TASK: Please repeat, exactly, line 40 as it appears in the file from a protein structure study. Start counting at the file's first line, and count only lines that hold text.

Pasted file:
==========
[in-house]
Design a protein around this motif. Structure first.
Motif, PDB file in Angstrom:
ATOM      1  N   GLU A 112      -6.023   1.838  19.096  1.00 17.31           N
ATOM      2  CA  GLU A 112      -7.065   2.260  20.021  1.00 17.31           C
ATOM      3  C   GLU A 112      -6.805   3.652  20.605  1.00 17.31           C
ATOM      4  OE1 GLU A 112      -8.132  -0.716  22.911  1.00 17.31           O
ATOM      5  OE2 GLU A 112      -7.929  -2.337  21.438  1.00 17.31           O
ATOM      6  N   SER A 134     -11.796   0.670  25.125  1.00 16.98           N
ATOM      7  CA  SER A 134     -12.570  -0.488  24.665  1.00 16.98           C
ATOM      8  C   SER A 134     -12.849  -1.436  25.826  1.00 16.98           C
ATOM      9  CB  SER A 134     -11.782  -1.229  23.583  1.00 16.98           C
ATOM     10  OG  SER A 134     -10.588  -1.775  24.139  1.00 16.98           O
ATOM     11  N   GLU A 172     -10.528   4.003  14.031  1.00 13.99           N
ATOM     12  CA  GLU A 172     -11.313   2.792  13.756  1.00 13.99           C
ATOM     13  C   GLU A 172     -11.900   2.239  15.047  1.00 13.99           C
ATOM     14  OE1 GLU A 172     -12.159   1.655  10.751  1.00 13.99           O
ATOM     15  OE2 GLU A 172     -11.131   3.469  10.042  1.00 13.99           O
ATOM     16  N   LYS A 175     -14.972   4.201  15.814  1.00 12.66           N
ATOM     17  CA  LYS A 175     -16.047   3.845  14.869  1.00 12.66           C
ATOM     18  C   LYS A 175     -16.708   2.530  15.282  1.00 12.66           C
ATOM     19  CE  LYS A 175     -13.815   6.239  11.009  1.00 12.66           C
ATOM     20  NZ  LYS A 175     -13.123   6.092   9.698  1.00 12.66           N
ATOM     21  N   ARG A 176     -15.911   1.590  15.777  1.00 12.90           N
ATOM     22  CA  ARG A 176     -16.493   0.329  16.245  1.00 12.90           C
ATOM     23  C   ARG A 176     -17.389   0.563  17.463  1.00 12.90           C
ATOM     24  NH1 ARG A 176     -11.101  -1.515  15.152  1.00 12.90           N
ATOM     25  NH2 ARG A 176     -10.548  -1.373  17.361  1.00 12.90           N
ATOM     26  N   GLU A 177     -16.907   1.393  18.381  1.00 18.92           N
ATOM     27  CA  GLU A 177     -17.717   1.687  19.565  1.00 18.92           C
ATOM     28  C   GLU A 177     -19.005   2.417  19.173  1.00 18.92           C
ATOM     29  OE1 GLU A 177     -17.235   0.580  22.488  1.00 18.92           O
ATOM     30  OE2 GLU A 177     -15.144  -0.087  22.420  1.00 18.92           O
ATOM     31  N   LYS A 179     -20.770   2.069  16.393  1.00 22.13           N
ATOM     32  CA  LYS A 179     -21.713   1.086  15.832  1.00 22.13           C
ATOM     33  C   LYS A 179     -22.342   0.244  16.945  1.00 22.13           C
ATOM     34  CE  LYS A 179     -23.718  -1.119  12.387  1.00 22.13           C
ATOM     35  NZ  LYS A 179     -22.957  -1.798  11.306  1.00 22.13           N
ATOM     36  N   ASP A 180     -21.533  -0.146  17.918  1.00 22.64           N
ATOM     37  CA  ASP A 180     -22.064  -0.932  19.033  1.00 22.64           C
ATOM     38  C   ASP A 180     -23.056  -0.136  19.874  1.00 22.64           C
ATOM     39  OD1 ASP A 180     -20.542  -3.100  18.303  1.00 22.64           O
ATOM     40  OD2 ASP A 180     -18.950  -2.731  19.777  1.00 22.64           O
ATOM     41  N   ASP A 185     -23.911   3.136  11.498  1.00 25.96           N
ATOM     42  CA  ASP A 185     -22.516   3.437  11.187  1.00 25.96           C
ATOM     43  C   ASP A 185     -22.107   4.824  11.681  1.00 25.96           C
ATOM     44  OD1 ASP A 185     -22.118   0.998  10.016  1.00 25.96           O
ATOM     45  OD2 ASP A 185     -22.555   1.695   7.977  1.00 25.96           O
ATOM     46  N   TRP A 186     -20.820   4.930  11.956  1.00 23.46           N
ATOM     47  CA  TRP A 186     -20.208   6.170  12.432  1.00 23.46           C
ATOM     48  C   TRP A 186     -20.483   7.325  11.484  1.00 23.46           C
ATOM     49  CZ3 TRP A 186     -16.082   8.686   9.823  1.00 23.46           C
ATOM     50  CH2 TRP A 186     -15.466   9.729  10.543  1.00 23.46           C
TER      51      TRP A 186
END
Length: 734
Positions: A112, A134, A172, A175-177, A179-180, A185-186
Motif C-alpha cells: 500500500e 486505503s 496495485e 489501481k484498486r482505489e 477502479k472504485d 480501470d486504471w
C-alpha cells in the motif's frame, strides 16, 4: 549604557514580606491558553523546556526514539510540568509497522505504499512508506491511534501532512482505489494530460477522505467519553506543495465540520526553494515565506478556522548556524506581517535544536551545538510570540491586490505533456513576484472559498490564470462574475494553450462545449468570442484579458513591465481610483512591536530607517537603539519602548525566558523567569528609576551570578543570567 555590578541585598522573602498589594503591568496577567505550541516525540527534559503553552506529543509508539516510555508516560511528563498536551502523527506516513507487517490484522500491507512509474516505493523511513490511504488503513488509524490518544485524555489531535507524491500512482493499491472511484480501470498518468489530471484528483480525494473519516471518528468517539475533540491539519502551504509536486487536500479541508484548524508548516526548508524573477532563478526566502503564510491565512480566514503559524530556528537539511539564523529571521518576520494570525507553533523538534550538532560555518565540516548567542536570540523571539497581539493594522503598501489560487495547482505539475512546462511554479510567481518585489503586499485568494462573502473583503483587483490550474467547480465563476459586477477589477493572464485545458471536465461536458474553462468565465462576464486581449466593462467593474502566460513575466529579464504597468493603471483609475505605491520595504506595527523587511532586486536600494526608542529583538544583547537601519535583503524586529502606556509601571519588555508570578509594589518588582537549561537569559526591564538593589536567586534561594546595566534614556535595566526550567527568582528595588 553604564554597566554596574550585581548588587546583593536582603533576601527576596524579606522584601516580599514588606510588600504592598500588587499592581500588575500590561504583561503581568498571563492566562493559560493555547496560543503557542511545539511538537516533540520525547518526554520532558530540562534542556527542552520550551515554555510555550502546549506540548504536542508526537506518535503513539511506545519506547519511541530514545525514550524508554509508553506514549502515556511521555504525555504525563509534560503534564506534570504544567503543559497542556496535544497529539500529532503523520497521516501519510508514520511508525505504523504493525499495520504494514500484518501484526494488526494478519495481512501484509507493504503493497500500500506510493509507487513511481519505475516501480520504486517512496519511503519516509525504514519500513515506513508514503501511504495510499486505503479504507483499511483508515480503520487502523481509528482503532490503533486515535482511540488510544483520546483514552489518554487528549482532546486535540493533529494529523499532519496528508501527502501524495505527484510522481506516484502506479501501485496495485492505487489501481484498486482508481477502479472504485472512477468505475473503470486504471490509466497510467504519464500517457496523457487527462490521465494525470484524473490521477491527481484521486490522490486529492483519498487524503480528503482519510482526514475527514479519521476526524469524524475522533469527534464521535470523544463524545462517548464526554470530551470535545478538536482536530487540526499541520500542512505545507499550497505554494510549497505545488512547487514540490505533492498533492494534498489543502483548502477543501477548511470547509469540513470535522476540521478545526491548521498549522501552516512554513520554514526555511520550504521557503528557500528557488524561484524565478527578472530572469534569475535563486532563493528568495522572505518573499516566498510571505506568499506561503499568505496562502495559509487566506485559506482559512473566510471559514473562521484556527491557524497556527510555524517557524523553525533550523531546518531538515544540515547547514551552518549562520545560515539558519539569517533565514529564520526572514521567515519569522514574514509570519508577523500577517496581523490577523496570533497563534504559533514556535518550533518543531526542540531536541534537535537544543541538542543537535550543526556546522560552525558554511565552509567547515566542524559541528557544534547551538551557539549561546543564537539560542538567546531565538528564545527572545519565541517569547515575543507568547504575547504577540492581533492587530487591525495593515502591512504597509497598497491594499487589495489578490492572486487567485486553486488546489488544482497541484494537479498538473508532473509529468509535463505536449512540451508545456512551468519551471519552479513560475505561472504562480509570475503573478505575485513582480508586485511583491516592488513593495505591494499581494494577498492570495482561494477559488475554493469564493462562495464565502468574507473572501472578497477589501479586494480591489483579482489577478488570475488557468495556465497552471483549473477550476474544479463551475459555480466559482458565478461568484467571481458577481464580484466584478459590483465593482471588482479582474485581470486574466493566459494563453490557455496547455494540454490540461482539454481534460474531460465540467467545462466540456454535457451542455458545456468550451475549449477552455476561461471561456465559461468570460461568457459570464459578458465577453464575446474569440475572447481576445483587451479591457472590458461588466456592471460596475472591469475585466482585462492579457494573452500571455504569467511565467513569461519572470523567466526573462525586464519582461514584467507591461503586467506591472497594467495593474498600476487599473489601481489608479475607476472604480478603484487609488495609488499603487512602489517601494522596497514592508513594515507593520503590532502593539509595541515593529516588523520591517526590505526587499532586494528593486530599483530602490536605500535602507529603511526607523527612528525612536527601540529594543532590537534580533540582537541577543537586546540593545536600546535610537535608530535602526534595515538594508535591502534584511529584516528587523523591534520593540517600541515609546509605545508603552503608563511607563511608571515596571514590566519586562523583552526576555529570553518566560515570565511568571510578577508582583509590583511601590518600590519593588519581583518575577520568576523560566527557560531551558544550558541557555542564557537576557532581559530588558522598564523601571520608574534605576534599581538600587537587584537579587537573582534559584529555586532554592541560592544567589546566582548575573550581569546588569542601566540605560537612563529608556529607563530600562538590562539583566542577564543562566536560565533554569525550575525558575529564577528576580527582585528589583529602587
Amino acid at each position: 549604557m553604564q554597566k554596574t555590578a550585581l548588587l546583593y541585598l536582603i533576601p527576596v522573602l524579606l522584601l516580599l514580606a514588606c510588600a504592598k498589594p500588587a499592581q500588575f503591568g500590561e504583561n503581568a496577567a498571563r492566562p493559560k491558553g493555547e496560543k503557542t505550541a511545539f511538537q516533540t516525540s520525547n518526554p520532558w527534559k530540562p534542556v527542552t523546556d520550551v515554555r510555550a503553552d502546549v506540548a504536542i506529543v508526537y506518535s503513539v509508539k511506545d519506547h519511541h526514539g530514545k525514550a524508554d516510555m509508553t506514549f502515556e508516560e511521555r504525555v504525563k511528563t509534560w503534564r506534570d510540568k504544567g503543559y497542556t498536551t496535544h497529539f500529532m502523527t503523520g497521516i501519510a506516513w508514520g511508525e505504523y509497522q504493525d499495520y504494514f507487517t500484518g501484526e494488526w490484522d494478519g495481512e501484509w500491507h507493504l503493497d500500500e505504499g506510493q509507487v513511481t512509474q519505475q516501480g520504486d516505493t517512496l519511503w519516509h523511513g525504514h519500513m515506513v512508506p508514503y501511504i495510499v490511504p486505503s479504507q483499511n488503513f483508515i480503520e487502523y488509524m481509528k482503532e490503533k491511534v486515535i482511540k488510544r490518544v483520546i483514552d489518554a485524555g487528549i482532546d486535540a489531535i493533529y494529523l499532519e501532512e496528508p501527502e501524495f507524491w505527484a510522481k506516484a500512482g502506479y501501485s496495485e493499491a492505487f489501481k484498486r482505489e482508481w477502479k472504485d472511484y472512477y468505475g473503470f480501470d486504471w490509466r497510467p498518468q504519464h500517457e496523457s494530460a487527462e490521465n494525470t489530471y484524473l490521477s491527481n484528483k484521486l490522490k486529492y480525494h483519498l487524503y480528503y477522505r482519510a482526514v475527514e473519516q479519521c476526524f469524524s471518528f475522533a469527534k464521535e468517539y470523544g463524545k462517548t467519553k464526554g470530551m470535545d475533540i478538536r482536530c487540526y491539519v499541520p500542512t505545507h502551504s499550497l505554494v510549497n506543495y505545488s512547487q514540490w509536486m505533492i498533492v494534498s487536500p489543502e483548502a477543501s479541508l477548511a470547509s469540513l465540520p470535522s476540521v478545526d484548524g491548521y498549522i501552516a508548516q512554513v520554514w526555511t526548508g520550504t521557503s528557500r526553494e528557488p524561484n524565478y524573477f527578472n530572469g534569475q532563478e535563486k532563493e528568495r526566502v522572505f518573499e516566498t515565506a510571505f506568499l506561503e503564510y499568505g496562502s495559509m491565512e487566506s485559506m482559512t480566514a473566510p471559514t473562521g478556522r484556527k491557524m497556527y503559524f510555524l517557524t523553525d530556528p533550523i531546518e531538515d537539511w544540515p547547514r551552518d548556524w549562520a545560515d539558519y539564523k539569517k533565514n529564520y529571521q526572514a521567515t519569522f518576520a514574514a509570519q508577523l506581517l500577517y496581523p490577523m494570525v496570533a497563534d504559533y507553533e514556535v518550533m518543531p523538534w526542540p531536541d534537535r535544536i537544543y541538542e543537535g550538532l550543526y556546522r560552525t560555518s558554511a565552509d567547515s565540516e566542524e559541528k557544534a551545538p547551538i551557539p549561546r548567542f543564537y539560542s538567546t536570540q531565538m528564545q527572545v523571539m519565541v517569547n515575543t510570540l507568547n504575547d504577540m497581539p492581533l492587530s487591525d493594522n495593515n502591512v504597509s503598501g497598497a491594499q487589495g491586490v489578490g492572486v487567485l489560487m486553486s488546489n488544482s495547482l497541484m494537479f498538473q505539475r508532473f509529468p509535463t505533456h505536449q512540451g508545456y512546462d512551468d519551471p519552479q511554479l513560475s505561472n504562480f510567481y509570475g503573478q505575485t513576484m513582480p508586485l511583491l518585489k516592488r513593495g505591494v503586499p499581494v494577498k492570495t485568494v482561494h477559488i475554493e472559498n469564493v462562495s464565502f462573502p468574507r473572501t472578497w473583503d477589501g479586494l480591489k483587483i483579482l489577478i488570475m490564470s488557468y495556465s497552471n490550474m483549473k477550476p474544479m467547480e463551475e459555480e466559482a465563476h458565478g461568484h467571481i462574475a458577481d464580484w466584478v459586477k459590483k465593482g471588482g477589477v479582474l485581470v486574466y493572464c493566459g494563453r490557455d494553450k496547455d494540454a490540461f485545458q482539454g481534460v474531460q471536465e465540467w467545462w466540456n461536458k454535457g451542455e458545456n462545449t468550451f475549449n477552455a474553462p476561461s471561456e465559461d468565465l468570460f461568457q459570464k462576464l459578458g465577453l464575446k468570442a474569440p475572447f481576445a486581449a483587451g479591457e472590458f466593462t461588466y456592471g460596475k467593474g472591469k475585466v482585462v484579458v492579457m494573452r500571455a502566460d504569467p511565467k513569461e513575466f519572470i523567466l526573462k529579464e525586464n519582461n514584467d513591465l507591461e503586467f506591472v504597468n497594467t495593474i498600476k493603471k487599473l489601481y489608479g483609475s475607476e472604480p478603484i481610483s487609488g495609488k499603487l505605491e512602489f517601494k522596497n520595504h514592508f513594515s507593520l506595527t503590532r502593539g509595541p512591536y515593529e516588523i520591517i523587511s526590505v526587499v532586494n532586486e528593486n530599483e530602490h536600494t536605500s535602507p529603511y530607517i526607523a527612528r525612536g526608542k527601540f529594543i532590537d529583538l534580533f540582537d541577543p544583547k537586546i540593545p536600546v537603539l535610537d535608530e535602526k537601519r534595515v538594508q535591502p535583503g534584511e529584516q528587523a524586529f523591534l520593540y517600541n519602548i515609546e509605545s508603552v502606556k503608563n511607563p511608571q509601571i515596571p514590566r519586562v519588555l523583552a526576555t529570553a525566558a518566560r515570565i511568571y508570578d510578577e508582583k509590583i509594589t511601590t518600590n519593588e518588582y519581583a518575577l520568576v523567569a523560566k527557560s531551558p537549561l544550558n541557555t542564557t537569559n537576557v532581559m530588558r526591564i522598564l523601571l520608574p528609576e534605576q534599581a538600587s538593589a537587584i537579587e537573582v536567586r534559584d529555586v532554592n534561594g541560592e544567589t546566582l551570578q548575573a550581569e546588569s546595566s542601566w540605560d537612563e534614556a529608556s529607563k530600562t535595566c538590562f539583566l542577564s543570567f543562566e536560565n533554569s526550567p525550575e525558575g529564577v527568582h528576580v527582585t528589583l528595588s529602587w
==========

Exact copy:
ATOM     37  CA  ASP A 180     -22.064  -0.932  19.033  1.00 22.64           C